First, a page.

We are all infected and impure with sin. When we proudly display our righteous deeds, we find they are but filthy rags. Like autumn leaves, we wither and fall. And our sins, like the wind, sweep us away. - Isaiah 64:6
Benjamin Disraeli was both a novelist and a brilliant twentieth century statesman who twice served as Prime Minister of Britain. He wrote, “Youth is a blunder; Manhood a struggle; Old Age a regret.” Looking back over his tumultuous life, he no doubt could see plenty of reasons for regret. His disastrous venture into speculative investments saddled him with crippling debt, his questionable relationship with a society lady tarnished him with scandal, his critical writings about colleagues created major disruptions in business, and his policy of “never complain and never explain” did not always endear him to the political world. Regrets there could be aplenty!
Regrets also dominated Isaiah’s thoughts as he surveyed his social landscape. He recalled with joy the days when the Lord “came down” and “did awesome things beyond our highest expectations.” “Oh, how the mountains quaked!” Isaiah exclaimed (Isa. 64:3). But those days were gone, and now he longed to see them return (64:1-2).
Isaiah lived in days when the people were ungodly. He confessed, “We are not godly. We are constant sinners, so your anger is heavy on us. . . . No one calls on your name or pleads with you for mercy. Therefore, you have turned away from us and turned us over to our sins” (64:5, 7).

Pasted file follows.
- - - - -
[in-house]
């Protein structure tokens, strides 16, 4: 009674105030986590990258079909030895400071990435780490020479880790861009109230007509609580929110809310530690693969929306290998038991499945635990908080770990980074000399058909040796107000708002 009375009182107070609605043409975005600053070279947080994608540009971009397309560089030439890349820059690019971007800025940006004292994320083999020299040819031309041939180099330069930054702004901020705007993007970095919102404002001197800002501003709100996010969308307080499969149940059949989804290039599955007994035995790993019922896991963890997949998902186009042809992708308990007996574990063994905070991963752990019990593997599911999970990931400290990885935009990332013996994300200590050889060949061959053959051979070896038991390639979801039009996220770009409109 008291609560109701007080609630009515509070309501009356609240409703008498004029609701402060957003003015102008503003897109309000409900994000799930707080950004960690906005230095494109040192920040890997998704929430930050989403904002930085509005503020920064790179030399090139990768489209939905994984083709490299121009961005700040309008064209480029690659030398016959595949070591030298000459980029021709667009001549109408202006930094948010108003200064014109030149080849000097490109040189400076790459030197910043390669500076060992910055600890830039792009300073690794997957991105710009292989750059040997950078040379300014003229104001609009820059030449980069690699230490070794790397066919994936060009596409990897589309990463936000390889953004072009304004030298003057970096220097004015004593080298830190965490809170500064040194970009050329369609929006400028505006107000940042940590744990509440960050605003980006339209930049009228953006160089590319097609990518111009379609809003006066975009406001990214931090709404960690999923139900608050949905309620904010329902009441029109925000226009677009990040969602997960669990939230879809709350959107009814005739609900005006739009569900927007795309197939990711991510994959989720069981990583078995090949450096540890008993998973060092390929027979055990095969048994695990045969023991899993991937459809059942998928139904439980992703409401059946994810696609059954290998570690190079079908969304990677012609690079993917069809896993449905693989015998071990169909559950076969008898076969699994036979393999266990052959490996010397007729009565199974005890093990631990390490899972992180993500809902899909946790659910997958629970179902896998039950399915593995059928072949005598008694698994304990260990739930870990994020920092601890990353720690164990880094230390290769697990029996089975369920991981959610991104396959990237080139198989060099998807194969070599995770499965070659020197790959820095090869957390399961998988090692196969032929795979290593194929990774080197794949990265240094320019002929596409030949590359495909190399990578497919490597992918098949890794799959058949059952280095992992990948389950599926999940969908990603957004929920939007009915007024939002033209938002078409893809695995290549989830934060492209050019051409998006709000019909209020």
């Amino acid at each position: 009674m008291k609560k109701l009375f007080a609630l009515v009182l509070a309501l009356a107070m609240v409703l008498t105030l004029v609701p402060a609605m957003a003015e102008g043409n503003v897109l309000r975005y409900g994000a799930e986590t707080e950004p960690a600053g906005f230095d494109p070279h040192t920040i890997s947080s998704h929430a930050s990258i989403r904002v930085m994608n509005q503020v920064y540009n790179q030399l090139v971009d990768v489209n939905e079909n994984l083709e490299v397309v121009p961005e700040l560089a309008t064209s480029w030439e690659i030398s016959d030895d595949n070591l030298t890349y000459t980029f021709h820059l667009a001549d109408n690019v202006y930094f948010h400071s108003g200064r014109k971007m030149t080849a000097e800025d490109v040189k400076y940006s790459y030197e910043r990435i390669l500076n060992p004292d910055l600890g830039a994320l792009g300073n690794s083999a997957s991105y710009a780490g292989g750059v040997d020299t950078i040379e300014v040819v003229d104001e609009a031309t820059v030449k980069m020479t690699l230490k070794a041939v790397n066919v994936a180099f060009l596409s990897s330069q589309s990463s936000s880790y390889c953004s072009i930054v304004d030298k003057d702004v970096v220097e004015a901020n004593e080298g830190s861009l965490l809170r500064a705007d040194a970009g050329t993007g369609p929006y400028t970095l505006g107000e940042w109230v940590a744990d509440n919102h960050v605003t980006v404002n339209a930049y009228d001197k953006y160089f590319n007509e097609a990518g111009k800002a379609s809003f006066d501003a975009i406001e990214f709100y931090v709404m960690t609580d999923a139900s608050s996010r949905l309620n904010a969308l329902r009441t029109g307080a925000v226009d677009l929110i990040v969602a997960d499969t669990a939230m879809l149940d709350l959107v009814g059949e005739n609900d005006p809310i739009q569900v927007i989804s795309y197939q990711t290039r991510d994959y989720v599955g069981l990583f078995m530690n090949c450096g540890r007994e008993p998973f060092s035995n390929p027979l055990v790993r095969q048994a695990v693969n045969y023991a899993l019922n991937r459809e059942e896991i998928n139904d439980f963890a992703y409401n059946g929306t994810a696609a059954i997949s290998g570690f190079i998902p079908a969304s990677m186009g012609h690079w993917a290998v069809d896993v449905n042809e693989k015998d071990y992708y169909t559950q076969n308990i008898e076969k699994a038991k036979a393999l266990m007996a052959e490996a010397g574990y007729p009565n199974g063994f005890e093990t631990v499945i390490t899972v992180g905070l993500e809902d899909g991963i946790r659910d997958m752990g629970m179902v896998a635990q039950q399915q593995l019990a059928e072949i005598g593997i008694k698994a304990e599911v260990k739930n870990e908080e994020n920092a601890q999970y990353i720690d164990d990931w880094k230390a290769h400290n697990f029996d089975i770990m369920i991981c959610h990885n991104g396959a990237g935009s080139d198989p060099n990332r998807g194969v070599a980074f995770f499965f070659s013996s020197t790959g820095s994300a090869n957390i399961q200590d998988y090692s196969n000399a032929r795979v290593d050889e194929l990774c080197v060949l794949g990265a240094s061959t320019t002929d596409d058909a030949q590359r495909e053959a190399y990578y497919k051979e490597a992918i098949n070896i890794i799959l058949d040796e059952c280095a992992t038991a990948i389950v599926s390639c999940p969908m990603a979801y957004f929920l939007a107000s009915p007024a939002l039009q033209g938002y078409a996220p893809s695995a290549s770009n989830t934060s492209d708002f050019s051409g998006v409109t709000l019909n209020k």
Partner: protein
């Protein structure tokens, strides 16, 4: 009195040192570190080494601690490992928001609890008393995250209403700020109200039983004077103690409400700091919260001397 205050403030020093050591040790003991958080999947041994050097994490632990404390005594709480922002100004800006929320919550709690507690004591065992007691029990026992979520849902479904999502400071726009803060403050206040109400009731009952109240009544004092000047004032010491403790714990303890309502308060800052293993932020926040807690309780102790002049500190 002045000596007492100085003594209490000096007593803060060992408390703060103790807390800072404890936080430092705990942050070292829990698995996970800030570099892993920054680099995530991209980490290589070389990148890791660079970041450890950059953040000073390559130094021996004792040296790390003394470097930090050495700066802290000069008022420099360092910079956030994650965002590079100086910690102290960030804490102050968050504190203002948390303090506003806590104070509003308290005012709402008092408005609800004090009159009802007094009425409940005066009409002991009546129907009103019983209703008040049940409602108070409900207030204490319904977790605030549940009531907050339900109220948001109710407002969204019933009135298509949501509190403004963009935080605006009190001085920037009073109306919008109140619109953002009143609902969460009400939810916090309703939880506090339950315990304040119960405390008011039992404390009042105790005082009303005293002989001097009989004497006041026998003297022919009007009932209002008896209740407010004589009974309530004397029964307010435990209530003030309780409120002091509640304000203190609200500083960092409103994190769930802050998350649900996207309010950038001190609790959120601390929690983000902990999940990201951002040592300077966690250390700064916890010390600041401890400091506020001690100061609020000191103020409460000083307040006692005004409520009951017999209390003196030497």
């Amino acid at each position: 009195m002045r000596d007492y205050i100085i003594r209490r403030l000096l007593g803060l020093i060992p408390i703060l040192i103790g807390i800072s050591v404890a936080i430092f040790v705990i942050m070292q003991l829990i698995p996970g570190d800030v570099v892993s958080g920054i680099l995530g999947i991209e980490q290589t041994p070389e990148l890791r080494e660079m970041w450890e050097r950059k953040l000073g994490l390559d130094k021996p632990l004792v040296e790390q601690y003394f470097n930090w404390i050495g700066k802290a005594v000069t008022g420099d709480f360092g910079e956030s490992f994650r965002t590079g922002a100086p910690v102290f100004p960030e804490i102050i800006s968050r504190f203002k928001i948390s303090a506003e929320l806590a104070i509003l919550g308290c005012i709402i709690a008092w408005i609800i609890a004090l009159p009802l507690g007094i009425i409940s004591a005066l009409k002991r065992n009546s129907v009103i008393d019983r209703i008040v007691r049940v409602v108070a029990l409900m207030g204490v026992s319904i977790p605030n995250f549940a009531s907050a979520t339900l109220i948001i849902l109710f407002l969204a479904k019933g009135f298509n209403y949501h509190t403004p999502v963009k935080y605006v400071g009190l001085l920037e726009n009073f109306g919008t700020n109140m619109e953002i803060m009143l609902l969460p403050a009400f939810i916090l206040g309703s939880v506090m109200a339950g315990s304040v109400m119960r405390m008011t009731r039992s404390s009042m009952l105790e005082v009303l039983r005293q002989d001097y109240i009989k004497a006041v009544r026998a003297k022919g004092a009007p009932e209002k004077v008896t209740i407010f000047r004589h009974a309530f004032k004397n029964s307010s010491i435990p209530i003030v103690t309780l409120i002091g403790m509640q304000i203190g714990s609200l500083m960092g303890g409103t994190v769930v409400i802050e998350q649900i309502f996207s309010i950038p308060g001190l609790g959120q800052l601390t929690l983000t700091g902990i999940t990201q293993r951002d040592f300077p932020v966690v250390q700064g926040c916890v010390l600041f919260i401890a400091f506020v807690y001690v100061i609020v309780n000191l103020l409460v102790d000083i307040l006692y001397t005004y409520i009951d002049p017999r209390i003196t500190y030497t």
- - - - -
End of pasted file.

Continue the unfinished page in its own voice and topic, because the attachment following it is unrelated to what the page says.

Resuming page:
The people had been privileged beyond measure. “Since the world began, no ear has heard, and no eye has seen a God like you, who works for those who wait for him!” (64:4). But they had not “waited for” God. The Lord “welcome[s] those who cheerfully do good, who follow godly ways” (64:5). But this they had refused to do. As a result, they were like “autumn leaves” that “wither and fall” (64:6).
But the Lord had not changed, he was still their Father, still the potter who had formed them. If their regret matured into repentance, the mountains could quake again.
Not all men wait until old age to engage in regrets. Circumstances catch up with some of them much earlier in life, leading to solemn contemplation and reevaluation—and deep regret. Thoughts of what-might-have-been flood the mind. “If only” dominates reflection, past mistakes are recognized, and missed opportunities are mourned. Sometimes, but not always, it is not too late to undo some of the damage and restore some of the hope of earlier years.
To avoid an old age of regret, learn to regret and repent early. And if it’s too late for that, repent now anyway. Better late than never. It’s never too late for hope.
For Further Study: Isaiah 64:1-12